Patterson (Daniel Mears / The Detroit News)
Oakland County Executive L. Brooks Patterson has never been shy about his views of Detroit, and his remarks in the New Yorker have sparked familiar ire.
In a feature titled “Drop Dead, Detroit!” due out Monday but available to subscribers earlier, Patterson gave a magazine reporter an extensive tour of Oakland County and offered his take, again, on Detroit.
“Anytime I talk about Detroit, it will not be positive,” Patterson says. “Therefore, I’m called a Detroit basher. The truth hurts, you know? Tough (expletive).”
Patterson tells Paige Williams: “I used to say to my kids, ‘First of all, there’s no reason for you to go to Detroit. We’ve got restaurants out here.’ They don’t even have movie theatres in Detroit — not one.” He went on: “I can’t imagine finding something in Detroit that we don’t have in spades here. Except for live sports. We don’t have baseball, football. For that, fine — get in and get out. But park right next to the venue — spend the extra twenty or thirty bucks. And, before you go to Detroit, you get your gas out here. You do not, do not, under any circumstances, stop in Detroit at a gas station! That’s just a call for a carjacking.”
The article included an anecdote about Patterson speaking at a roast for an employee who moved to Kentucky. When the worker saw a bumper sticked that read “I miss Detroit,” he “broke the window, stole the radio and left a note that said, ‘I hope this cures your homesickness,’” the article quoted Patterson as saying.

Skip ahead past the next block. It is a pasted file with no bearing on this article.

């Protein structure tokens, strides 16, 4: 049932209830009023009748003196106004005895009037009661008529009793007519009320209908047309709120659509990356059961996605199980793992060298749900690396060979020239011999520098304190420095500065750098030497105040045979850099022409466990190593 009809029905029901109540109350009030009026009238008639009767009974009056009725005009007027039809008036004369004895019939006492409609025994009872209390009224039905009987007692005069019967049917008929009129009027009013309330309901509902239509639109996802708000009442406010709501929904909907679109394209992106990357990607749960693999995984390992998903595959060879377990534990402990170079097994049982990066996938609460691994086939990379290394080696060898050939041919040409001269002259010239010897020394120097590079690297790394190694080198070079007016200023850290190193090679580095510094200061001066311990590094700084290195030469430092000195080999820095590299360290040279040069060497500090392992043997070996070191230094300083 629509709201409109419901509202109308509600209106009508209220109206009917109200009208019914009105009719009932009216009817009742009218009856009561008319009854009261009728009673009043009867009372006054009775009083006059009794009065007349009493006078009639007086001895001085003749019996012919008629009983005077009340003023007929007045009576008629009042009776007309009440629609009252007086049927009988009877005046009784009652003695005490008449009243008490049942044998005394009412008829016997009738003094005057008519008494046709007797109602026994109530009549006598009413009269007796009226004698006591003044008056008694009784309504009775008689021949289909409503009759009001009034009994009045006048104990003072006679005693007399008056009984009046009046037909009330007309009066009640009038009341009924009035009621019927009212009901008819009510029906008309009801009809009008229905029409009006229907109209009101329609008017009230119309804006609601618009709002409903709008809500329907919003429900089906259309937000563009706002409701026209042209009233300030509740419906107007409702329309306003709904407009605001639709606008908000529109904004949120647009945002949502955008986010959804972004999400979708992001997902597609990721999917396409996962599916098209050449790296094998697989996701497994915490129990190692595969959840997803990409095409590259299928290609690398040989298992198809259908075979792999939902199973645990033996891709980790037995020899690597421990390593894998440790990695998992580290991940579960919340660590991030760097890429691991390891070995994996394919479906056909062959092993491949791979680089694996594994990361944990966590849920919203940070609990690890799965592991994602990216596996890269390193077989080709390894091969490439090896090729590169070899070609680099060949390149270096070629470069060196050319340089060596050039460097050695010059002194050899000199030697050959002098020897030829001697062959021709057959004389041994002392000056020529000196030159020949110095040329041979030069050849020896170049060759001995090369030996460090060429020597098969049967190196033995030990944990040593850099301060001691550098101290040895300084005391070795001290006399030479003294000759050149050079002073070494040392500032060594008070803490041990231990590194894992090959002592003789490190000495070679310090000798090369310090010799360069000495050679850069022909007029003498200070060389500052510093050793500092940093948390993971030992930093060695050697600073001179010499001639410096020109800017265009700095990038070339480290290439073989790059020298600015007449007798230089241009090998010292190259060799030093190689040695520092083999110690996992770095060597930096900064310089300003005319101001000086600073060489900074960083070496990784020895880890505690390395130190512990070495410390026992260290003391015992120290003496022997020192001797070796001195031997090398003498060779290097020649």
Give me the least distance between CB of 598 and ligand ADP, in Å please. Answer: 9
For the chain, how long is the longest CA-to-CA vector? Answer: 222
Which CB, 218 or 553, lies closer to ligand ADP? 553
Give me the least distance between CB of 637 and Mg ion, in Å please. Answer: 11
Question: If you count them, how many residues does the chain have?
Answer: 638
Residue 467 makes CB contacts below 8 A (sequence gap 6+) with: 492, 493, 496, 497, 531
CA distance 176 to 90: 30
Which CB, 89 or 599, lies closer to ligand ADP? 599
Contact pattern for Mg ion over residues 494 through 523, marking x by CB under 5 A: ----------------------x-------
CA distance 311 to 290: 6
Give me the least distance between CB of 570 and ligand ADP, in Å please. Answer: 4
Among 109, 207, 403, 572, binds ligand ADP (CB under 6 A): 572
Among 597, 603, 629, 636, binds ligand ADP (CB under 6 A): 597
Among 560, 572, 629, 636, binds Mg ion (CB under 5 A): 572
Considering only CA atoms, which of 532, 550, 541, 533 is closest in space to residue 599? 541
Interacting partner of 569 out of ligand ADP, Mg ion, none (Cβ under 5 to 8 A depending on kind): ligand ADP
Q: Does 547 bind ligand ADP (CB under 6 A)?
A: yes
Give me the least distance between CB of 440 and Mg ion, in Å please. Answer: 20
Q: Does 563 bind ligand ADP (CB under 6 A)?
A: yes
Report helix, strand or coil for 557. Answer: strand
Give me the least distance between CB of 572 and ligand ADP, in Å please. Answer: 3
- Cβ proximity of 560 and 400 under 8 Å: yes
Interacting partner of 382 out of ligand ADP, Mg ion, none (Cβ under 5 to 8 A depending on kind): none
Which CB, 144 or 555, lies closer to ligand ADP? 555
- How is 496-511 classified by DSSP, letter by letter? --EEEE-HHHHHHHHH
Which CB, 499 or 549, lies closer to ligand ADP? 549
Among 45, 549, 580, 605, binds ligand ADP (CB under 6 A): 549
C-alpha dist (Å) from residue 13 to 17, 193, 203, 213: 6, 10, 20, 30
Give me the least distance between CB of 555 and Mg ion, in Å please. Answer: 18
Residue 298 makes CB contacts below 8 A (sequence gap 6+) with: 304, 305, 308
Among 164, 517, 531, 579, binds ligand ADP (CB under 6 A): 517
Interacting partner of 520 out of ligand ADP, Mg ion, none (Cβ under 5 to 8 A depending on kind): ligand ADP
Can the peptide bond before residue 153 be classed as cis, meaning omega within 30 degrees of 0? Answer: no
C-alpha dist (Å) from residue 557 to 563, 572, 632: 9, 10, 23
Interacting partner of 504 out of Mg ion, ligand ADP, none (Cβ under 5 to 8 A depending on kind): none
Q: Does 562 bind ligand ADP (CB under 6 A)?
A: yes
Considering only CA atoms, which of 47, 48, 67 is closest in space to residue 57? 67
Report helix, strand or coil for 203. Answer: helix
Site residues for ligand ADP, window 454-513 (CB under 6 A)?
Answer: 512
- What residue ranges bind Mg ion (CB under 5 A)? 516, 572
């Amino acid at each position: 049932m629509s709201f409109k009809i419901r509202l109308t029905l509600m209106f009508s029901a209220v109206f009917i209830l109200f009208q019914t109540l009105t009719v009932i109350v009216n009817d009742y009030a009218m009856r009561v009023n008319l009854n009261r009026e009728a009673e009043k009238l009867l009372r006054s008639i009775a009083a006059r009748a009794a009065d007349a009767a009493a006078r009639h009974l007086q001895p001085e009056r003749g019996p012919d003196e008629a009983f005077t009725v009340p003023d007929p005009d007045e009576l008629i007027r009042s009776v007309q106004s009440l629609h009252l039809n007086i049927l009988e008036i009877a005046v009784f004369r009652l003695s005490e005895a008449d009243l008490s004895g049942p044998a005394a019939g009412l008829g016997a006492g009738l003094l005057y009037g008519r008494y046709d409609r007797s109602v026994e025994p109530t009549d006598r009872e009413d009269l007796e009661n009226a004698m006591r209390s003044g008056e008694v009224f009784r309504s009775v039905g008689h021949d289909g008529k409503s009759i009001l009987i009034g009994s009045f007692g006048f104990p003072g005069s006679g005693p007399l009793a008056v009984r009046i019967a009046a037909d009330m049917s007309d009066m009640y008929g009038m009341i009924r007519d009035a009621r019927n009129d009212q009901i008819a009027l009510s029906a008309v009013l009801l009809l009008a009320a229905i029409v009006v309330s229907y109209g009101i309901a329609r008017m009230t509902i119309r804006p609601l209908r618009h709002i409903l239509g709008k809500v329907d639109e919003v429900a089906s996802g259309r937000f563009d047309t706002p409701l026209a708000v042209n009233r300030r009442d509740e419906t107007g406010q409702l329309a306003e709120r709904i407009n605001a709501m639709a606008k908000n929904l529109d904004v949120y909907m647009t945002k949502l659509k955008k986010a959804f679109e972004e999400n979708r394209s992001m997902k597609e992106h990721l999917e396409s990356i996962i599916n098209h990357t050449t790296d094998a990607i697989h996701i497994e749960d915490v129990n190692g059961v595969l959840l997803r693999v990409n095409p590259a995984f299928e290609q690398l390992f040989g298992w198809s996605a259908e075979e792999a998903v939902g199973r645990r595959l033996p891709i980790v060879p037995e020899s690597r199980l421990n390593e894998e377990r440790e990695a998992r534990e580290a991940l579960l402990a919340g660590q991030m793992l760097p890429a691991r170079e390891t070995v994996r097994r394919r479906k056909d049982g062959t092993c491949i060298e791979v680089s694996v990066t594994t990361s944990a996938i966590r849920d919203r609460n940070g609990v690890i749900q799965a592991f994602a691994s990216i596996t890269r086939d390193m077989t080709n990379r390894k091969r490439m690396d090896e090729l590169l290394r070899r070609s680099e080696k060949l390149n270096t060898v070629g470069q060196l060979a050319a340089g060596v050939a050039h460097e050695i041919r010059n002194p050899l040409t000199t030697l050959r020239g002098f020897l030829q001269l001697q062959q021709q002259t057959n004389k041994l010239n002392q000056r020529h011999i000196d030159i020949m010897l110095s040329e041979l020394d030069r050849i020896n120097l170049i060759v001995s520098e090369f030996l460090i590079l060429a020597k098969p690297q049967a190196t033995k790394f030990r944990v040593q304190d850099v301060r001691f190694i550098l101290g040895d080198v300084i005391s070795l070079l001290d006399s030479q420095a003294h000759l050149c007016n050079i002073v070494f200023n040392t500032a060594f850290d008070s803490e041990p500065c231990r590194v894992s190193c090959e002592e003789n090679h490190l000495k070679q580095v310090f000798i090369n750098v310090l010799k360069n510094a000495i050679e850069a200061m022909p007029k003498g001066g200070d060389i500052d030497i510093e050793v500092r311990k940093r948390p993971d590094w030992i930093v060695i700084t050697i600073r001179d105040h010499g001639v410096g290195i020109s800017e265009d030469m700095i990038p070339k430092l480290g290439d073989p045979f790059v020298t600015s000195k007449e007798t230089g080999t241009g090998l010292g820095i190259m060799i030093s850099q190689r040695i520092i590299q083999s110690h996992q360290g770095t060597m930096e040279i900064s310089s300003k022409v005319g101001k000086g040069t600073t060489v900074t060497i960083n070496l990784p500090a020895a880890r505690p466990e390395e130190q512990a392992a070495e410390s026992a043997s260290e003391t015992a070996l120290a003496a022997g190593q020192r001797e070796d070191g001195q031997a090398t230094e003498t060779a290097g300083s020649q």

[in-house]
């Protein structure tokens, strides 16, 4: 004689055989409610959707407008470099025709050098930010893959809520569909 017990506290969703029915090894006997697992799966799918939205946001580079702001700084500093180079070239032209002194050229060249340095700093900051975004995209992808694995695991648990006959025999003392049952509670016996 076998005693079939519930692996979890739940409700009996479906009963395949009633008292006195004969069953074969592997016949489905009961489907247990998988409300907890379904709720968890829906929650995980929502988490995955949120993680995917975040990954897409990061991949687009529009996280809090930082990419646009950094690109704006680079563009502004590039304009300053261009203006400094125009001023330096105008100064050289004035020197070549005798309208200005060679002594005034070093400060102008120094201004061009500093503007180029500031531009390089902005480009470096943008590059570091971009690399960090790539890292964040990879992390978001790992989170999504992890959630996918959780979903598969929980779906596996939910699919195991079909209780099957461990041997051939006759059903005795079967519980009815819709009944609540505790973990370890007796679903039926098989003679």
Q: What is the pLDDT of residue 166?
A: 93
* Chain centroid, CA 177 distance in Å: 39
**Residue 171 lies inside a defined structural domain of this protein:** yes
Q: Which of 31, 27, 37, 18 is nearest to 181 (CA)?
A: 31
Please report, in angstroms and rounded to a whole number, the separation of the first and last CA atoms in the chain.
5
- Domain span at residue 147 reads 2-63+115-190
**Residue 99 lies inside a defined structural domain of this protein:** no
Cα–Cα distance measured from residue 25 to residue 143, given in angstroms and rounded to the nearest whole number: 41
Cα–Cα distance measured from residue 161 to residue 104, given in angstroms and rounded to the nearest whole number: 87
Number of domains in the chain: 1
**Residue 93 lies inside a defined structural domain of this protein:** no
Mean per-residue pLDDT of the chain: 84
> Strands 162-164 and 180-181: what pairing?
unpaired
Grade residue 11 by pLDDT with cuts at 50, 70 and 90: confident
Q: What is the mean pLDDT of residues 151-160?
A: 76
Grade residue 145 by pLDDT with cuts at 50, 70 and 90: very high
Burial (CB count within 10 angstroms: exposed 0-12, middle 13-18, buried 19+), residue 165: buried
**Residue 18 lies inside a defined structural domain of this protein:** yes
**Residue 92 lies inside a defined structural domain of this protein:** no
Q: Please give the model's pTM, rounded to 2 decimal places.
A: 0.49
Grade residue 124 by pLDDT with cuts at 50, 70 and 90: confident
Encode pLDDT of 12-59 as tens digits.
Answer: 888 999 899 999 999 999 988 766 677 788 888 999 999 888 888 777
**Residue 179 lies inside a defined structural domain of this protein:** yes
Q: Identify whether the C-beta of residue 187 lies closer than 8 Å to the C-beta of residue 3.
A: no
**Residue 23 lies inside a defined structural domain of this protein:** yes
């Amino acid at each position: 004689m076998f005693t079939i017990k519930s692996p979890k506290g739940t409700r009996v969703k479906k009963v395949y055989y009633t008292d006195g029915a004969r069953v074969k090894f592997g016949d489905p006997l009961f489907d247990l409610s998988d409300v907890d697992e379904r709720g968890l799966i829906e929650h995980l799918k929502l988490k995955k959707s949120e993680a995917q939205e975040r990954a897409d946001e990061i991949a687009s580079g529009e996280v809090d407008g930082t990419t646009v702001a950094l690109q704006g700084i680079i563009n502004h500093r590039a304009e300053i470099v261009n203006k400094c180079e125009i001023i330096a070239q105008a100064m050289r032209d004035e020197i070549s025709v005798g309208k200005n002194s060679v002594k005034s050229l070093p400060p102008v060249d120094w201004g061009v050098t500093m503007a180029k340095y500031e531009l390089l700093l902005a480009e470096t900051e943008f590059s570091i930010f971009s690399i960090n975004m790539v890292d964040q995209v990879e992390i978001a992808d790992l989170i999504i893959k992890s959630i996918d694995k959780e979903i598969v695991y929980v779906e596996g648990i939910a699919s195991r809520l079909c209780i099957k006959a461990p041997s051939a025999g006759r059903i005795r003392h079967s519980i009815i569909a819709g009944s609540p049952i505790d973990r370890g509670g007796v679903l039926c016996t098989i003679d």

Williams asked Patterson what Detroit could do to fix its financial problem.
“I made a prediction a long time ago, and it’s come to pass. I said, ‘What we’re gonna do is turn Detroit into an Indian reservation, where we herd all the Indians into the city, build a fence around it, and then throw in the blankets and corn.”
The remarks drew criticism from a community activist. The Rev. Charles Williams II, president of the Michigan chapter of the National Action Network, called for a public apology from Patterson and a meeting with L. Brooks Patterson, the American Indian community and local Detroiters.
“These remarks are repulsive and racist,” Williams said in a statement. “Not just because the city of Detroit is over 80 percent African-American, but because it is also a direct slight to the American Indian who occupied the land before Detroit was Detroit and Oakland County was Oakland County.”
Bill Mullan, spokesman for Oakland County, said the story about Patterson “cast him in a false light.”
“It is clear Paige Williams had an agenda when she interviewed County Executive Patterson,” Mullan said in a statement. “She cast him in a false light in order to fit her preconceived and outdated notions about the region. Mr. Patterson’s record on advancing regional issues in a transparent and responsible manner is unparalleled. His initiatives have had a positive impact on the region such as Automation Alley, CLEMIS, and his leadership on the Cobo Authority.”
Patterson, known for his blunt remarks, over the years has weighed in on issues facing Detroit, including former Kwame Kilpatrick’s downfall — "This is the end of a long Greek tragedy" — threatened a rift in regional alliances over such issues as selling Detroit Institute of Arts paintings, where he “draws a line in the sand,” millage payouts for the Detroit Zoo and the proposed creation of a Metro Detroit regional water authority over fears of higher water rates for county residents.
He tried to lure the auto show, going on now in a renovated Cobo Center in Detroit, to Novi. The center now is run by an authority consisting of members appointed by the governor, Detroit — and county executives from Wayne, Oakland and Macomb.
Mayor Mike Duggan, through his spokesman, declined to comment late Monday on Patterson’s remarks. Duggan met with Paige Williams and Patterson for a portion of the magazine interview.
Bill Nowling, spokesman for Detroit’s Emergency Manager Kevyn Orr, and some members of the Detroit City Council didn’t immediately return requests for comments.